After the House Agriculture Committee Republicans passed a new five-year farm bill Wednesday on a partisan vote, Chairman Michael Conaway, R-Texas, said that his immediate challenge is to assemble a majority of House members to support the bill.
Conaway noted that members would have next week and a recess week to analyze the bill. With all committee Democrats and House Minority Leader Nancy Pelosi, D-Calif., opposed to the bill, it will be very hard for Conaway to convince any Democrats to vote for it. And so far, at least, it seems likely that some House conservatives will oppose it either because they think that the changes to food stamps — formally the Supplemental Nutrition Assistance Program (SNAP) — are not great enough or because they think the bill is too generous to farmers.
While the provisions making qualification for SNAP more difficult and requiring more applicants to work or be in job training to get benefits are the biggest issue for Democrats, there are signs that the farm program provisions are generating criticism.
Conaway’s biggest challenge in assembling a majority for the bill may be that floor amendments to change the sugar program, cut crop insurance benefits and impose payment limitations on farm subsidies could erode support among members from farm districts. For years, critics of farm programs have offered those amendments, but Democrats have helped Republicans stave off change because urban and suburban Democratic legislators wanted to maintain food stamps and, in more recent years, pass conservation measures that their constituents considered important.
Rep. Collin Peterson, D-Minn., the committee's ranking member, has said that if the Republicans insist on keeping the food stamp provisions passed by the committee, he doubts he can deliver the votes to maintain the sugar and crop insurance programs or avoid stricter payment limitations based on farm subsidies.
Last week, Conaway said that anyone who eats owes a debt to farmers and that legislators with no farmers in their districts should vote for farm programs for that reason.
The American Sugar Alliance, which represents cane and beet growers, sent Conaway and Peterson a letter thanking them for their support. The growers added, “Opponents of this policy – driven by multinational food manufacturers – are aggressively attacking sugar producers’ safety net, which is designed to counter foreign subsidies and unfair trade practices. These attacks come even though food makers have achieved strong profits by charging consumers more for sweetened products and pocketing the savings from sugar prices that are lower today than in 1980. We will depend on your leadership to beat back legislative attempts to further depress farmers’ prices with heavily subsidized imports.”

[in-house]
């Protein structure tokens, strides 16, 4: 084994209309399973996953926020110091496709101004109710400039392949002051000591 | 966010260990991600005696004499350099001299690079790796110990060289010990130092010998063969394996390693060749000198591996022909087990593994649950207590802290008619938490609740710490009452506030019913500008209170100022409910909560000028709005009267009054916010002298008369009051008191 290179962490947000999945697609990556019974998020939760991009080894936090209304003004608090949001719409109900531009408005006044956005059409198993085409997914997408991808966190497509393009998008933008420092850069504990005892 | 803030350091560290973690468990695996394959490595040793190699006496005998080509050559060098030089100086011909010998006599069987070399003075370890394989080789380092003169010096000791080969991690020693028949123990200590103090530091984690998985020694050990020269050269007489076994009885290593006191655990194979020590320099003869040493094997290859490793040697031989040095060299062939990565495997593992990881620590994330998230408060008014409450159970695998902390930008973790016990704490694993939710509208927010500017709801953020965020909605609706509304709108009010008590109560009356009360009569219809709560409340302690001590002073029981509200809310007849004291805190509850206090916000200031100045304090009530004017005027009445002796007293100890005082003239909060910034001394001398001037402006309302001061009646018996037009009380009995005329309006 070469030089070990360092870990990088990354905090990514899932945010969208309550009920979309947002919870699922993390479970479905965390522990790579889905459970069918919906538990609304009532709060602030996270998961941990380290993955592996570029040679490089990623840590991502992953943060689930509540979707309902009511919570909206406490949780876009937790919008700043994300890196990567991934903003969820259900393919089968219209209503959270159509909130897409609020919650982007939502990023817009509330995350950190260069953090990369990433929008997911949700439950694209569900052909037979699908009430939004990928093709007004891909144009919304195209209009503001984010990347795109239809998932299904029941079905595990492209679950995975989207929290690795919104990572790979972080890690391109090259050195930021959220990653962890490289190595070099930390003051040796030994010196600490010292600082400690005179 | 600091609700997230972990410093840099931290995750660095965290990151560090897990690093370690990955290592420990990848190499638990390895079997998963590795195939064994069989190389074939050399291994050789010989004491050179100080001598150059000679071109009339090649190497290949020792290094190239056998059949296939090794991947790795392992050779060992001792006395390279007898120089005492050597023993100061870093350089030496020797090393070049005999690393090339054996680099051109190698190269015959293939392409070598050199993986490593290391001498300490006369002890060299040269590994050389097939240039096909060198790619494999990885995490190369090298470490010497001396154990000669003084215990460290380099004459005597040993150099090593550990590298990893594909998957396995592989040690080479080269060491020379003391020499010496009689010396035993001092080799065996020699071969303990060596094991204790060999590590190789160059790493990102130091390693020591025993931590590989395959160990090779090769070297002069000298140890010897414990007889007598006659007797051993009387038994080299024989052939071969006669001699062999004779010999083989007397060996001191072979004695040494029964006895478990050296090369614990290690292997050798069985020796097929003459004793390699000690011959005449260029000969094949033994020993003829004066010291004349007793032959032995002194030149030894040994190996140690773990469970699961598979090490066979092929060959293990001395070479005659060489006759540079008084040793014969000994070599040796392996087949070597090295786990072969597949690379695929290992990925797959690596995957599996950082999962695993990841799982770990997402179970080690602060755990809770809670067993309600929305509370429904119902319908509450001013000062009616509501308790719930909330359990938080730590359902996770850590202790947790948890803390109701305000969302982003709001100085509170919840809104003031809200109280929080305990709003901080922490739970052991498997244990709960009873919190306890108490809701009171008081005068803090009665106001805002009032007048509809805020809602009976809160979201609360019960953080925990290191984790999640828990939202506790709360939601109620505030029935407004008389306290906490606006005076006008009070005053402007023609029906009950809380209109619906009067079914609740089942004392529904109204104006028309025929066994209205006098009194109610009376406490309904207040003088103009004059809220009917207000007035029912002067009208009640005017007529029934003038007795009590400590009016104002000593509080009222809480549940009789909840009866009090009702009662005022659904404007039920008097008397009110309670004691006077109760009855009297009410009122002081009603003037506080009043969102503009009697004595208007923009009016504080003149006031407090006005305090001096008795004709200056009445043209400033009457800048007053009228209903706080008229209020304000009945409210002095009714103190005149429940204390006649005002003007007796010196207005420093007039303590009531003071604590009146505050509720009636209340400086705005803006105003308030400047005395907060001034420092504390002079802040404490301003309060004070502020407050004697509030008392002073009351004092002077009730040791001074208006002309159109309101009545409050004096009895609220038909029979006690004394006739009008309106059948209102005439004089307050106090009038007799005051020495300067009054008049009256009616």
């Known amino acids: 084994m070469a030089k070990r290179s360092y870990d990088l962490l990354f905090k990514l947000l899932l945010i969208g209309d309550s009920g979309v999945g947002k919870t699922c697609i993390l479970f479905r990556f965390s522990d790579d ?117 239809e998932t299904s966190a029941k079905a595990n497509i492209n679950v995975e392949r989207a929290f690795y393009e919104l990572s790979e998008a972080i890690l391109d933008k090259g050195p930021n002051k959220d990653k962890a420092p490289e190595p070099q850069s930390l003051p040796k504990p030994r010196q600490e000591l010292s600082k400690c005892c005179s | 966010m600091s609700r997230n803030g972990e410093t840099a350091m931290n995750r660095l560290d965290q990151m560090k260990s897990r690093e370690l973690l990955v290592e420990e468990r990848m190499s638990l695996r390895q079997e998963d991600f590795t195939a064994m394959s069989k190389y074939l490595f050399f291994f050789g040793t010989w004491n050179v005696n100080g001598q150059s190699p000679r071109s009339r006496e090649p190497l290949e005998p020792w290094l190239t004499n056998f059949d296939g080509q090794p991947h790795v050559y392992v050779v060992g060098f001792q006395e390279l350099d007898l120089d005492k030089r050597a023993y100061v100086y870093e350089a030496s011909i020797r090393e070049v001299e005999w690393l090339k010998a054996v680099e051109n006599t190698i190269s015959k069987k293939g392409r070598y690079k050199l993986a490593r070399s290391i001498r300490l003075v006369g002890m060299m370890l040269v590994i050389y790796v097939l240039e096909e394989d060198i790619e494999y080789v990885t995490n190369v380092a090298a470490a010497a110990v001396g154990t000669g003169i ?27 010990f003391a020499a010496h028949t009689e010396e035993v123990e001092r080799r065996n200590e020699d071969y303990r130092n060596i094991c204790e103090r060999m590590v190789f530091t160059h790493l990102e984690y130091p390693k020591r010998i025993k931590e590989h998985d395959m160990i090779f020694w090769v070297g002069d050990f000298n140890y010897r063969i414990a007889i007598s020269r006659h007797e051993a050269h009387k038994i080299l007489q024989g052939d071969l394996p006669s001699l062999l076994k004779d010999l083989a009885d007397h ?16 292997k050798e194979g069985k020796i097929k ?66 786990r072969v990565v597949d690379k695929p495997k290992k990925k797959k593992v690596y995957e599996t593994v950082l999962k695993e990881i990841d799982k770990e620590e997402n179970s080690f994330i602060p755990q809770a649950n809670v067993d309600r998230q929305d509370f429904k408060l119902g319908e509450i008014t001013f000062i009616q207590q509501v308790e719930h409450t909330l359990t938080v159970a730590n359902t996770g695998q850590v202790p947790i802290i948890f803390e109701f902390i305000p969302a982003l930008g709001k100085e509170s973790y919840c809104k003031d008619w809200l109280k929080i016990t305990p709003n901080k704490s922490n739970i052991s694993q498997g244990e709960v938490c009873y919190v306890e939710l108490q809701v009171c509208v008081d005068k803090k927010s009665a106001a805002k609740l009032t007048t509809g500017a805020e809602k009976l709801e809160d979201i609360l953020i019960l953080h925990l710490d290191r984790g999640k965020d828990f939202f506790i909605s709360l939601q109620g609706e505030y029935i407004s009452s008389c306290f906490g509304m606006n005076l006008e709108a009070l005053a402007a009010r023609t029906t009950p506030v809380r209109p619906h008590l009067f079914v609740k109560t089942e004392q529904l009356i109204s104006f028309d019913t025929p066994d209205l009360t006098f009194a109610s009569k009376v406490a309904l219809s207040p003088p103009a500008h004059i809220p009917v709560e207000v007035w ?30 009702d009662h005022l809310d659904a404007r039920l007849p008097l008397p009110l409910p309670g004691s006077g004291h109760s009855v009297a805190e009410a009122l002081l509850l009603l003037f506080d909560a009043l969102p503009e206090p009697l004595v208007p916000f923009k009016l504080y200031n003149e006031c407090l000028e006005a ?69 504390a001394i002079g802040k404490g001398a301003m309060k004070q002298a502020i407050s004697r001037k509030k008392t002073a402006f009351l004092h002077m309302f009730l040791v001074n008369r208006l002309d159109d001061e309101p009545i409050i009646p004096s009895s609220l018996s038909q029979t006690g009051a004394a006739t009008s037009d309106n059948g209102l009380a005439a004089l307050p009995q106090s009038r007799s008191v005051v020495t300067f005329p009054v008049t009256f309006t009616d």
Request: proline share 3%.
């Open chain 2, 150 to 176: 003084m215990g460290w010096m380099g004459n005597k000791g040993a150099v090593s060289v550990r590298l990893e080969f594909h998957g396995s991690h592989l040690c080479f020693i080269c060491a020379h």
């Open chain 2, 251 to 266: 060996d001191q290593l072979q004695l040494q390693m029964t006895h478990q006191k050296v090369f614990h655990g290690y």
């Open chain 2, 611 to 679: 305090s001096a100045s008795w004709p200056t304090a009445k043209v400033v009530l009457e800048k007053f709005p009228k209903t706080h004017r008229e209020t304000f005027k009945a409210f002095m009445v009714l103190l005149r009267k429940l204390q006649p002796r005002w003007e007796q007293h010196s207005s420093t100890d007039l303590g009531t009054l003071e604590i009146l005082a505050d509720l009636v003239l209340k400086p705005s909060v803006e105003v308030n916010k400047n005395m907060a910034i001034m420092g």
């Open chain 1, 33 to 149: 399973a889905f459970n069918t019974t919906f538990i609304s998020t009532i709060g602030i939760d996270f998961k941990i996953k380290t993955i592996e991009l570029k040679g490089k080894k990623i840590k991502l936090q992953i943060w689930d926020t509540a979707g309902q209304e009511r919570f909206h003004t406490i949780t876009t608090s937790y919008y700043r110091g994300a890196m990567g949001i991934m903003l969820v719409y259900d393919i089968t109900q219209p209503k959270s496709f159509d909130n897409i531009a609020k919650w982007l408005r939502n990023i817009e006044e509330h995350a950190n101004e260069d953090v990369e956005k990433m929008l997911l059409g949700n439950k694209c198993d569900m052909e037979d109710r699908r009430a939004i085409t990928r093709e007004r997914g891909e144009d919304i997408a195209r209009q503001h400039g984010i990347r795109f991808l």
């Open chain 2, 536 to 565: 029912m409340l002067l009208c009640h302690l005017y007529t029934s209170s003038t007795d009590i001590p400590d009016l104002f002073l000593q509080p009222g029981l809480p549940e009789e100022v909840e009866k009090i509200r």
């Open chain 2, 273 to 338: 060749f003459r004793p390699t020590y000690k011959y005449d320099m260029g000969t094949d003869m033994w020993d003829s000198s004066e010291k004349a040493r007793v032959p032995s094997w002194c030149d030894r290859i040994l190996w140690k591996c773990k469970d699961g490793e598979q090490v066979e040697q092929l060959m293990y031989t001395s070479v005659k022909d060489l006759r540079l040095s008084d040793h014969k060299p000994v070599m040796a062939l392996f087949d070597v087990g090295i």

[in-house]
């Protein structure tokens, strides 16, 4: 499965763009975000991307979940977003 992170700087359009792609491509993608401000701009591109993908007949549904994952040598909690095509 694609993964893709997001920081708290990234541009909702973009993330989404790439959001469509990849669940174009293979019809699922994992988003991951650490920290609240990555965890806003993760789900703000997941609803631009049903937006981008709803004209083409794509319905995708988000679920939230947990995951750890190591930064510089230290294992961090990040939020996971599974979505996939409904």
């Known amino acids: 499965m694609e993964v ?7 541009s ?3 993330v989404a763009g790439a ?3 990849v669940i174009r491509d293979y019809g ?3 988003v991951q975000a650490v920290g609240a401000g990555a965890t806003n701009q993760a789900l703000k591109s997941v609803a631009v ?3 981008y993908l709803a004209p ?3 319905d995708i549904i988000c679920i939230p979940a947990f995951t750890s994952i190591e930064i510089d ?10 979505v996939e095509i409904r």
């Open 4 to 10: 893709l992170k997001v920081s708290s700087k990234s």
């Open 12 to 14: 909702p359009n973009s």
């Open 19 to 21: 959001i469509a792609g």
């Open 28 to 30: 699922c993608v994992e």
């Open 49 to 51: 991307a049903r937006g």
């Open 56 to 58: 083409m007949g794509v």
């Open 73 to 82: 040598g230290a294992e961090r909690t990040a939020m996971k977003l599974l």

But the Alliance for Fair Sugar Policy, whose members include the Sweetener Users Association, said in a news release, “The House Agriculture Committee had an opportunity to serve a spoonful of fairness into the sugar program, but failed to do so. The inaction is confounding, considering the sugar program benefits only 13 sugar mega-processors, with zero benefit for American consumers. It’s time for the family farmer AND the families that depend on manufacturing workers to be at the center of the conversation around agriculture policy in this country. We look forward to a robust floor debate so members of the House have an opportunity to modernize the sugar program.”
The crop insurance industry also sent Conaway and Peterson a letter, saying, “We applaud the committee’s continued support of crop insurance, and we look forward to working with you both to get a farm bill with a strong crop insurance title across the finish line this year.”